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Terman park opening approaches

The park that will replace the Frederick Emmons Terman Engineering Center is beginning to take shape after months of demolition and clearing. The park is set to open on schedule later this month. (ROGER CHEN/The Stanford Daily)

The park that will replace the Frederick Emmons Terman Engineering Center is beginning to take shape after months of demolition and clearing. The park is set to open on schedule later this month. (ROGER CHEN/The Stanford Daily)

 After six months of demolition, the site of the Frederick Emmons Terman Engineering Center is starting to look like the park it is set to become. According to University officials, the park will open later this month.

The new open space will preserve the large fountain that previously faced the center of the Terman building. The fountain sits in a bowl-shaped recession that is almost fully landscaped with sod and new trees for its opening.

The University has not announced any specific plans, but the park area is considered only temporary. According to the Stanford Report, one reason for leaving the recessed fountain was to stop the need for future excavation for the foundation of a building.

Almost none of the demolished Terman building is headed to the landfill. According to project manager Matthew Griffis, 99.6 percent of the material is headed for recycling and reuse.

“Conscientious building demolition underscores Stanford’s commitment to sustainability and demonstrates responsible management through the end of a building’s life,” reads Sustainable Stanford’s website for the project.

Some pieces of the former building are being repurposed around campus. According to a report published by Sustainable Stanford, roof tiles from Terman are being re-installed in the rising West Campus Recreation Center. Additionally, seats from Terman’s auditorium will be re-installed in an auditorium in the final building of the new engineering quad, and pavement tiles will be used to renovate the nearby Petersen-Mitchell courtyard. Other items, such as exterior light fixtures and bike racks, will be returned to the site and redistributed around campus.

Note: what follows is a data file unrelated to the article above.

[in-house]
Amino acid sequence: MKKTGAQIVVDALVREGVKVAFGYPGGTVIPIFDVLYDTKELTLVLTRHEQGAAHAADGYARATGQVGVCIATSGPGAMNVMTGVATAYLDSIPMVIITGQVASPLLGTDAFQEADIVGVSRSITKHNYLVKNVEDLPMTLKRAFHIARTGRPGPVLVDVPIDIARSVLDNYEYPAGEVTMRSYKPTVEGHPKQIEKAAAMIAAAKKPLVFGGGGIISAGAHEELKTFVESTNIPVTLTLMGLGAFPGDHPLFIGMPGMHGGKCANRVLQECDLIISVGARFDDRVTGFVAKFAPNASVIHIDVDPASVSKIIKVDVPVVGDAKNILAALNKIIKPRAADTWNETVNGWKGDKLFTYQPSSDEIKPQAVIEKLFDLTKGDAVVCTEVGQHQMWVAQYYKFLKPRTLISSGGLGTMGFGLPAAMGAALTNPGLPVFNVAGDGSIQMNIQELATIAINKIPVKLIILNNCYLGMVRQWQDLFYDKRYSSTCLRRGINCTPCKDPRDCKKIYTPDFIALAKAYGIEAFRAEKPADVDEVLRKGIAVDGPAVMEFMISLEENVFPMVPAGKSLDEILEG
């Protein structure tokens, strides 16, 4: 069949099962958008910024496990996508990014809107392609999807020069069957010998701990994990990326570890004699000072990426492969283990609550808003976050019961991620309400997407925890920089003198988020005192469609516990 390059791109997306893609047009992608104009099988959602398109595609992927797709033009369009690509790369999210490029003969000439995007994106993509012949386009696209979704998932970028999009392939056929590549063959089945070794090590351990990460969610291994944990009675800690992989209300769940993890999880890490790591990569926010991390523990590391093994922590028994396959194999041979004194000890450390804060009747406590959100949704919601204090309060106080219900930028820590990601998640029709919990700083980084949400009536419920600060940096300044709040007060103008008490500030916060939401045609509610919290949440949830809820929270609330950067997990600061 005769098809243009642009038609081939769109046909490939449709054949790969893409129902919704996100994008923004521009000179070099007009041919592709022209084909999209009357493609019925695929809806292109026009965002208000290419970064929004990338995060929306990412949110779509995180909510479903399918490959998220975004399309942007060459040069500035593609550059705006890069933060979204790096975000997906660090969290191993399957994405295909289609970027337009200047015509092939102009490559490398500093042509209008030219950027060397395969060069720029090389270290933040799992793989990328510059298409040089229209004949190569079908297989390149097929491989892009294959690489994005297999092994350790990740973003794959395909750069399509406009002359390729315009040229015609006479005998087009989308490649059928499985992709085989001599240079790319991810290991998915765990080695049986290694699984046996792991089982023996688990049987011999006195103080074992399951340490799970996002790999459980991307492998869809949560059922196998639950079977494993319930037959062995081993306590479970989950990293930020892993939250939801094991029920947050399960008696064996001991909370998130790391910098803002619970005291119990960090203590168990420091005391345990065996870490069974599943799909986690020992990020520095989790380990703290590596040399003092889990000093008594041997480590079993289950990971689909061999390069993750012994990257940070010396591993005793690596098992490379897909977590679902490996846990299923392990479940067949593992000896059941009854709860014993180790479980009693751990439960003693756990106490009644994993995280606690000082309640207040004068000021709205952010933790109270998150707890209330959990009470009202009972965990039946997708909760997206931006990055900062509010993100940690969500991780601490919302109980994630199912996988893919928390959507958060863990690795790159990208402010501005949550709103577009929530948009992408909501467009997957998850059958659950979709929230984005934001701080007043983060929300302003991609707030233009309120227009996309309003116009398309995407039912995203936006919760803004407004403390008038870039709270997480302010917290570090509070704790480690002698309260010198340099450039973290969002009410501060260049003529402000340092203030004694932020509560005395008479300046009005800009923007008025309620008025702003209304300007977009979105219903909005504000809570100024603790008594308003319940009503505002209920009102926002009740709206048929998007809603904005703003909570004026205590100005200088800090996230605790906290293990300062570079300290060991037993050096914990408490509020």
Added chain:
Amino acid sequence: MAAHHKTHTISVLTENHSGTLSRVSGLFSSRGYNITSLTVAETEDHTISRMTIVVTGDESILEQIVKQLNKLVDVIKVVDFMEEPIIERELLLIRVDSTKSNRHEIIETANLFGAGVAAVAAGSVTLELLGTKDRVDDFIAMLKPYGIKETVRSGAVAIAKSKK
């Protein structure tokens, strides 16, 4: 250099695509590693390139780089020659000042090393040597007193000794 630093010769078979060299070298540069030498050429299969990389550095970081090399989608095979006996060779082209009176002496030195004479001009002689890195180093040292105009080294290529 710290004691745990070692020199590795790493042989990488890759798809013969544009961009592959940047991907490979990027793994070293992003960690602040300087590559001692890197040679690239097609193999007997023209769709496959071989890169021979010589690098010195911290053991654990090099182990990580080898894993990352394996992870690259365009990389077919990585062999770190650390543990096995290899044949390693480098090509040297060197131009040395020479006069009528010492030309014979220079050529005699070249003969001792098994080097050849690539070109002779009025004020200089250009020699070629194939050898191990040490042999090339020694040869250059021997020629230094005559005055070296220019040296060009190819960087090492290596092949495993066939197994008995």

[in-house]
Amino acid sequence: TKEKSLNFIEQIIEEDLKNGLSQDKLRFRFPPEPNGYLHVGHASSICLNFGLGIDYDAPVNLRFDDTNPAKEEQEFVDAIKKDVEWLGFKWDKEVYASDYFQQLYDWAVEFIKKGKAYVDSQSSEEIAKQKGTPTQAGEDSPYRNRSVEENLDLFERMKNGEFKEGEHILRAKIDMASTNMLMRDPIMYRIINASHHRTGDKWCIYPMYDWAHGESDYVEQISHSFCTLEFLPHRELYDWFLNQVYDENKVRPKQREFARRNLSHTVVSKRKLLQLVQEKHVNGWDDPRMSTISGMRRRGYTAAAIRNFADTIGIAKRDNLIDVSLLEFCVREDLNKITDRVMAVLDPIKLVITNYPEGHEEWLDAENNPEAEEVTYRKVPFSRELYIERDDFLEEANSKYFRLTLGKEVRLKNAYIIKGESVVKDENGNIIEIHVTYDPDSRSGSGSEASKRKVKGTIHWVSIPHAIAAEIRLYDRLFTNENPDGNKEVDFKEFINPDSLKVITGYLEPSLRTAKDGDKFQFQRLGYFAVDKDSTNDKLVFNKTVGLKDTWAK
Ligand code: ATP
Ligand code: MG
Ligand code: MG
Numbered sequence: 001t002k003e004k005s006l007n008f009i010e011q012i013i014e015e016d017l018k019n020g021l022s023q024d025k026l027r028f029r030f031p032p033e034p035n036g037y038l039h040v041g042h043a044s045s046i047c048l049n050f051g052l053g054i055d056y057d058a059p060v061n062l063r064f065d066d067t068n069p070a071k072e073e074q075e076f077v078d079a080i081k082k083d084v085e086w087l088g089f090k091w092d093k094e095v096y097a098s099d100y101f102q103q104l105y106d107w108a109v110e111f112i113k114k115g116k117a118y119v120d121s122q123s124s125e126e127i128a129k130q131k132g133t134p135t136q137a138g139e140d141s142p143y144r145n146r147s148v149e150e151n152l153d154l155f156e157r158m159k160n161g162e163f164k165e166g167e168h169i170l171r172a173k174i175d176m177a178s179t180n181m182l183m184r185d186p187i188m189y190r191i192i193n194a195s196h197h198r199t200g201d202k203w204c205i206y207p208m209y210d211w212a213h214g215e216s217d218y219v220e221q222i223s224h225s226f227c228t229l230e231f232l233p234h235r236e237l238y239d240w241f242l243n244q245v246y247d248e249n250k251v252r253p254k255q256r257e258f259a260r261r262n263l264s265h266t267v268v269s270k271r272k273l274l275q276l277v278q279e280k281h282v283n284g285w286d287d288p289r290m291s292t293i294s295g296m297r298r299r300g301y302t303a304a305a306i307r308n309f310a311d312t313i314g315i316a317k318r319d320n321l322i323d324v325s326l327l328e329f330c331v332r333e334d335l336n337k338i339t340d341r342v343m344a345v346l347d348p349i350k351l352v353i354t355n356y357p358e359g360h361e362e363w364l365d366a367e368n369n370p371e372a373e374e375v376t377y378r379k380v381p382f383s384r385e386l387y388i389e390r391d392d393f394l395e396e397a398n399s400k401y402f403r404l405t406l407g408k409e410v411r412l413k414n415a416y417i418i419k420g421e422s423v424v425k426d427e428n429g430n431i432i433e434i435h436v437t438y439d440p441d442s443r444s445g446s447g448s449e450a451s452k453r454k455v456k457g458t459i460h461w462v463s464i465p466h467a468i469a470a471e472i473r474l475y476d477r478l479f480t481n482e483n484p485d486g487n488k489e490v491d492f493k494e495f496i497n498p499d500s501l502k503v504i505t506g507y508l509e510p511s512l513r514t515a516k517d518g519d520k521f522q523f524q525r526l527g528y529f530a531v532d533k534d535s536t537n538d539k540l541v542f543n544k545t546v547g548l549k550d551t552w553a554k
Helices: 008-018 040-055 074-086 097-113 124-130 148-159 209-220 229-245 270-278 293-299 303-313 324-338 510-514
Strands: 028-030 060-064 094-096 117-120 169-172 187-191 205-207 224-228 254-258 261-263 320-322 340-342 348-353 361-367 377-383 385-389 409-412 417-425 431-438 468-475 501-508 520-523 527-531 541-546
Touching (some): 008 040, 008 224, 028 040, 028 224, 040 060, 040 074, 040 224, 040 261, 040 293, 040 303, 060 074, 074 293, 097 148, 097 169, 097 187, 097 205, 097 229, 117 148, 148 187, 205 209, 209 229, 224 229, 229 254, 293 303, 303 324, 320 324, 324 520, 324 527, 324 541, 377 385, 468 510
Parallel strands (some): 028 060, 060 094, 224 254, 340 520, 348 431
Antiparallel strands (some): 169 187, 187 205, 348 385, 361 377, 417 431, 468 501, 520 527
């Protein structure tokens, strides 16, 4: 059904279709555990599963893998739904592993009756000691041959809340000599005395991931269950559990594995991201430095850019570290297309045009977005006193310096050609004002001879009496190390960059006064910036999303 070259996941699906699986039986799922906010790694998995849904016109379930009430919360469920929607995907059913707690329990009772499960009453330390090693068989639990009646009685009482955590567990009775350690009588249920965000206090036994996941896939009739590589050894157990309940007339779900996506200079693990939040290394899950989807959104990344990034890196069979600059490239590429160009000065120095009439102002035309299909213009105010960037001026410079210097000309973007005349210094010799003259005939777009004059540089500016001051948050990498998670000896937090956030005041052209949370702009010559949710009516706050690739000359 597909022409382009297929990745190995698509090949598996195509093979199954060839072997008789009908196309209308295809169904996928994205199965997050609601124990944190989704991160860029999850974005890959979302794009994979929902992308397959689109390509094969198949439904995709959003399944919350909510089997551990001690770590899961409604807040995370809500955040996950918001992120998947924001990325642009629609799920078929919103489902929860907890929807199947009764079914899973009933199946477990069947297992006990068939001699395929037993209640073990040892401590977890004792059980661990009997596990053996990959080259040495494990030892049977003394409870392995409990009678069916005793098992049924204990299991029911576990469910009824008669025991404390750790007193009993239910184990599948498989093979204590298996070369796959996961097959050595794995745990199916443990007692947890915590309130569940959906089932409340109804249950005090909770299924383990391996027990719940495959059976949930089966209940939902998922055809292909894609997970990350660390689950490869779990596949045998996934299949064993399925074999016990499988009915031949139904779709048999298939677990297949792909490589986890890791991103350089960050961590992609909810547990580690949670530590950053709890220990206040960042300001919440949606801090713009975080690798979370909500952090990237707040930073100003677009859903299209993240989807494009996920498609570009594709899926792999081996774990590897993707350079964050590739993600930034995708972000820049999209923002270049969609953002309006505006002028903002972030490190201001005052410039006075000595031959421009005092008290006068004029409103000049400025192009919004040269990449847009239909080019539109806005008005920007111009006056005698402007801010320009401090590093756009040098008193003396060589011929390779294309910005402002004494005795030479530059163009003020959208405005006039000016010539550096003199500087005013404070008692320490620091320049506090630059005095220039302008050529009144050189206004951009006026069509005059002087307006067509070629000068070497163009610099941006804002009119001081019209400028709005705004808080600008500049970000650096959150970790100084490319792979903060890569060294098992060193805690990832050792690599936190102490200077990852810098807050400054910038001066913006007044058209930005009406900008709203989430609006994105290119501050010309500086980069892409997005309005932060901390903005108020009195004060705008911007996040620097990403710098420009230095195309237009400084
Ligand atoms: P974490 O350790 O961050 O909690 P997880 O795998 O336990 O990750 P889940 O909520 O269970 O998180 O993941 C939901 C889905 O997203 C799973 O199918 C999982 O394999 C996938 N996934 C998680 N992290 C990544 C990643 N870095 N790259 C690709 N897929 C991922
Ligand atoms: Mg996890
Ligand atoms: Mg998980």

One piece of the Terman park, the small lot across Lomita Mall from the pond area, is temporarily being left unlandscaped. The lot, which formerly housed student publications including The Daily, will eventually be made into a turf recreation area, but for now is being reserved for the Solar Decathlon project, a sustainable housing competition among 20 universities.

“Since new turf and trees could potentially be damaged if installed prior to this use, we are in the process of determining final needs of the Solar Decathlon and will be phasing the completion of the … site landscaping accordingly,” Griffis said in an email to The Daily.

Mulch from the Stanford Hospital renovation project will be brought to the site so that the Solar Decathlon team can construct their project for the 2013 competition. Landscaping might resume on the area when the team moves its project to Irvine, Calif. in October 2013.

The exact date of the opening of the park has not been announced, but despite signs at the site indicating “Summer 2012,” Griffis said it is on track to open later this month.

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